Of course, counting commits is a rough measurement as they can be big or small, easy or hard, good or bad and this only counts them.
Commits per day
As the release frequency has varied a bit over time I figured I should just check and see how many commits we do in the project per day and see how that has changed (or not) over time. Remember, we are increasing the number of unique authors fairly fast but the top-4 share of “authorship” is fairly stable.
Turns our the number of commits per day has gone up and down a little bit through the git history but I can’t spot any obvious trend here. In recent years we seem to keep up more than 2 commits per day and during intense periods up to 8.
Days per release
Our general plan is since bunch of years back to do releases every 8 weeks like a clock work. 8 weeks is 56 days.
When we run into serious problems, like bugs that are really annoying or tedious to users or if we get a really serious security problem reported, we sometimes decide to go outside of the regular release schedule and ship something before the end of the 8-week cycle.
This graph clearly shows that over the last, say 20, releases we clearly have felt ourselves “forced” to do follow-up releases outside of the regular schedule. The right end of the graph shows a very clear saw-tooth look that proves this.
We’ve also discussed this slightly on the mailing list recently, and I’m certainly willing to go back and listen to people as to what we can do to improve this situation.
Bugfixes per release
We keep close track of all bugfixes done in git and mark them up and mention them in the RELEASE-NOTES document that we ship in every new release.
This makes it possible for us to go back and see how many bug fixes we’ve recorded for each release since curl 6.5. This shows a clear growth over time. It’s interesting since we don’t see this when we count commits, so it may just be attributed to having gotten better at recording the bugs in the files. Or that we now spend fewer commits per bug fix. Hard to tell exactly, but I do enjoy that we fix a lot of bugs…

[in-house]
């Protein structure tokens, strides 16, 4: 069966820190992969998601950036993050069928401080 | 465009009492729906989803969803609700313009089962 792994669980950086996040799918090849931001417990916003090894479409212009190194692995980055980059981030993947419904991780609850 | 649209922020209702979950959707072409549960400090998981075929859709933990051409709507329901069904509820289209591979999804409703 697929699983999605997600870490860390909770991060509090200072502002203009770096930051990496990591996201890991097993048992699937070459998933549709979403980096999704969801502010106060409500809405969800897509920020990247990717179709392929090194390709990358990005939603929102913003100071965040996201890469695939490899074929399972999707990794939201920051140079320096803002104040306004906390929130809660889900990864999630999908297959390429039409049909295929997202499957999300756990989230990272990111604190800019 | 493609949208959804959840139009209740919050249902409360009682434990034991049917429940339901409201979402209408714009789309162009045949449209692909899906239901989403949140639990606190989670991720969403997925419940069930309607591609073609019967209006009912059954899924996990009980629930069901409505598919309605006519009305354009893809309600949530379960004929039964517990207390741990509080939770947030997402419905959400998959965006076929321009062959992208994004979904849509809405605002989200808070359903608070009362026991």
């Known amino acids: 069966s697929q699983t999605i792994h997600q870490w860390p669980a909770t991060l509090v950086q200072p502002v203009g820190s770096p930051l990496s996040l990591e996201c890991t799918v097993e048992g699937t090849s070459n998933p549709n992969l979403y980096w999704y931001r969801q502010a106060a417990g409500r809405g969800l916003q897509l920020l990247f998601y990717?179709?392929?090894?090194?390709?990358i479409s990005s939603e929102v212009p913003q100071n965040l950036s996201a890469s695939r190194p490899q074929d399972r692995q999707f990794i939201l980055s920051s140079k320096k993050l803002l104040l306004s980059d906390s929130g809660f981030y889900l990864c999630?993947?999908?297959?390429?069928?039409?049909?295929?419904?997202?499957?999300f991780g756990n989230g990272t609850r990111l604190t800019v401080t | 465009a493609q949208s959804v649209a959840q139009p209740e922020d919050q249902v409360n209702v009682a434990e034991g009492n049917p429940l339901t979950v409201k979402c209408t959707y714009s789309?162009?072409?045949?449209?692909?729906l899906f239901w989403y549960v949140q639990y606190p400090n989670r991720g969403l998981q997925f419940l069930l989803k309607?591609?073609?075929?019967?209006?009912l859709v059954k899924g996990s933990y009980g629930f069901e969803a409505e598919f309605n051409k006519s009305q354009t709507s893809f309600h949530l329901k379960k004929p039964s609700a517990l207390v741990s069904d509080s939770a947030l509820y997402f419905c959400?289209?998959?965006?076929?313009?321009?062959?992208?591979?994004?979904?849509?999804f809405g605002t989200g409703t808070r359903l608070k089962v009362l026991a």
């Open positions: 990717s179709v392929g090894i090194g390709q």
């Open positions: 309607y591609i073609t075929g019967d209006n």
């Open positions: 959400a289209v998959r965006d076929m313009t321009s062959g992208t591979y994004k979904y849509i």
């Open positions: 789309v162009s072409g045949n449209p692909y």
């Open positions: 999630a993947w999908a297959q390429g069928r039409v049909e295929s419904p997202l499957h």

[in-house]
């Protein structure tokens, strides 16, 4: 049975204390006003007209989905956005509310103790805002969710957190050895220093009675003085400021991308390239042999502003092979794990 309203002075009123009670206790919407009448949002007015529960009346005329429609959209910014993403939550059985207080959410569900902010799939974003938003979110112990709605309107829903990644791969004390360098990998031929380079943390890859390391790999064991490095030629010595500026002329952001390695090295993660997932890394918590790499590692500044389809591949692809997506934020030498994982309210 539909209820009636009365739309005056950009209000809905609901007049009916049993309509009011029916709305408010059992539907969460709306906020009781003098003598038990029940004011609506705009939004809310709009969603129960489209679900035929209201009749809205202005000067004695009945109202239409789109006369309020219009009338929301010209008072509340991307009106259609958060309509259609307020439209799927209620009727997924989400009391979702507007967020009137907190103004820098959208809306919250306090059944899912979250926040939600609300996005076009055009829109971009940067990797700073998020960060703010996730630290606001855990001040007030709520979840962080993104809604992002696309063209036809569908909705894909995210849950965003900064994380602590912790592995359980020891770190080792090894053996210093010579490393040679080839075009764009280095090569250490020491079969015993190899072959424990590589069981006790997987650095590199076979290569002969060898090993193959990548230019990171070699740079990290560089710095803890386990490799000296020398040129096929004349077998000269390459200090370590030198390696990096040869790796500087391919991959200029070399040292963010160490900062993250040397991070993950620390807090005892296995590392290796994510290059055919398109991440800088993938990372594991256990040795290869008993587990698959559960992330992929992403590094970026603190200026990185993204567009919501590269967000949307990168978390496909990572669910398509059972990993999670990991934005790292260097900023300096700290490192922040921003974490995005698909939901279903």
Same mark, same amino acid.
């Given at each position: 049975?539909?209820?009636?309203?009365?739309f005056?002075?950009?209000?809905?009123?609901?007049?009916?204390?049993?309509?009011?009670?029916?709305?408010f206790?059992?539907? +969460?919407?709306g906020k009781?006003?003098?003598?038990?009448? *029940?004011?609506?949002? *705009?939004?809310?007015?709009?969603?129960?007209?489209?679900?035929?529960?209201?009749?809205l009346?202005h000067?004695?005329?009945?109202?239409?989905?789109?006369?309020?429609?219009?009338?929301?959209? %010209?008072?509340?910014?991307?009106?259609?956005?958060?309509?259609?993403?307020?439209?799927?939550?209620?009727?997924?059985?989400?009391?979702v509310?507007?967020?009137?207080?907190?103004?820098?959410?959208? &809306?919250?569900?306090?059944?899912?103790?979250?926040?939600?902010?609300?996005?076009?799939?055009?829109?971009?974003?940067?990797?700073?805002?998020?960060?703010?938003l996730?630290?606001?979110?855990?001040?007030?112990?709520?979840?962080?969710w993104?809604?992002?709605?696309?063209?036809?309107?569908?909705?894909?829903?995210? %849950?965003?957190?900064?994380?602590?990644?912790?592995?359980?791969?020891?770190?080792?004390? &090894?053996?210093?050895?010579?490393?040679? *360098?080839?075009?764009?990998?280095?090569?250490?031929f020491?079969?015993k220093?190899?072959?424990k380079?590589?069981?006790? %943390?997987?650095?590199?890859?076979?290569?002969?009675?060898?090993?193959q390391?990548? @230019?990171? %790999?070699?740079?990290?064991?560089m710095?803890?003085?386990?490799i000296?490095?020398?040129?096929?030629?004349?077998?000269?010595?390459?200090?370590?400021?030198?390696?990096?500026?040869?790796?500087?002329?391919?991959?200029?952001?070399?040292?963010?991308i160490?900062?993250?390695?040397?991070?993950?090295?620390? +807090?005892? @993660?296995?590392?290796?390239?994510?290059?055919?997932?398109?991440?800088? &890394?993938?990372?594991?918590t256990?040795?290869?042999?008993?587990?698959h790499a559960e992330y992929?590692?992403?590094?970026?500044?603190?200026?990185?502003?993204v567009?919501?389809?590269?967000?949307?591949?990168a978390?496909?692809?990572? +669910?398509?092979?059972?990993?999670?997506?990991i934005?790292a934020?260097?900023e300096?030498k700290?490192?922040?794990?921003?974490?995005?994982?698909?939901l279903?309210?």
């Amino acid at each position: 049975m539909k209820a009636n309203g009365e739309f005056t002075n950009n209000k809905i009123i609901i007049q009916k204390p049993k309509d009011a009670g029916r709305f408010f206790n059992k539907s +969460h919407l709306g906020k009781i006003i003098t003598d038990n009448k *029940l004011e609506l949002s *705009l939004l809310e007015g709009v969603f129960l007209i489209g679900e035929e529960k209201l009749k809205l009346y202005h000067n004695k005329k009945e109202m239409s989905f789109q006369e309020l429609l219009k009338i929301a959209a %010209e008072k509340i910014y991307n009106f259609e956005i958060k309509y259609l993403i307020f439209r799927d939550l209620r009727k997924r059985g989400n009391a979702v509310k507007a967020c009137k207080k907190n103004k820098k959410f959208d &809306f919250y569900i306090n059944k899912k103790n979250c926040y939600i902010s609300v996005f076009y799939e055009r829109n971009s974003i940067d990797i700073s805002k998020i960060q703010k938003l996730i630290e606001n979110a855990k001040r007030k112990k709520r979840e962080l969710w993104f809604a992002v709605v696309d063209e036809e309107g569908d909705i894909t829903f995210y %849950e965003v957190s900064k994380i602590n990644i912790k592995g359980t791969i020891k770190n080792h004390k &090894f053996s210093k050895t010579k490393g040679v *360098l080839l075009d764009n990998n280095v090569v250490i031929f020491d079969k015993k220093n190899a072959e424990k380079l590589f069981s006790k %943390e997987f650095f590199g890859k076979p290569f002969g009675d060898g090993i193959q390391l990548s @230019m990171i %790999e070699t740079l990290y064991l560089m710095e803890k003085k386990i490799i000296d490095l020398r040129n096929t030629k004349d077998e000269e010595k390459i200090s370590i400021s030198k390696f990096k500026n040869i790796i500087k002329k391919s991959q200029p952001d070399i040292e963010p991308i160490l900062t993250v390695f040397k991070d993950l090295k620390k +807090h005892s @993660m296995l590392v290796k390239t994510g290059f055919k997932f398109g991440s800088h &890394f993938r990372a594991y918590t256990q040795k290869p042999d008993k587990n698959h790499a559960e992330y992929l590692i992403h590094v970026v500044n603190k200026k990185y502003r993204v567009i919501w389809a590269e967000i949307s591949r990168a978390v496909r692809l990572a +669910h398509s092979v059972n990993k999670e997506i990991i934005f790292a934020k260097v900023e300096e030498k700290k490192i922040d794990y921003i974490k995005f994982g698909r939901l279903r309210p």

Days spent per bugfix
Another way to see the data above is to count the number of bug fixes we do over time and just see how many days we need on average to fix bugs.
The last few years we do more bug fixes than there are days so if we keep up the trend this shows for 2017 we might be able to reach down to 0.5 days per bug fix on average. That’d be cool!
We run coverity scans on the curl cover regularly and this service keeps a little graph for us showing the number of found defects over time. These days we have a policy of never allowing a defect detected by Coverity to linger around. We fix them all and we should have zero detected defects at all times.
The second graph here shows a comparison line with “other projects of comparable size”, indicating that we’re at least not doing badly here.
So in spite of our grand intentions and track record shown above, people keep finding security problems in curl in a higher frequency than every before.
Out of the 24 vulnerabilities reported to the curl project in 2016, 7 was the result of the special security audit that we explicitly asked for, but even if we hadn’t asked for that and they would’ve remained unknown, 17 would still have stood out in this graph.
I do however think that finding – and reporting – security problem is generally more good than bad. The problems these reports have found have generally been around for many years already so this is not a sign of us getting more sloppy in recent years, I take it as a sign that people look for these problems better and report them more often, than before. The industry as a whole looks on security problems and the importance of them differently now than it did years ago.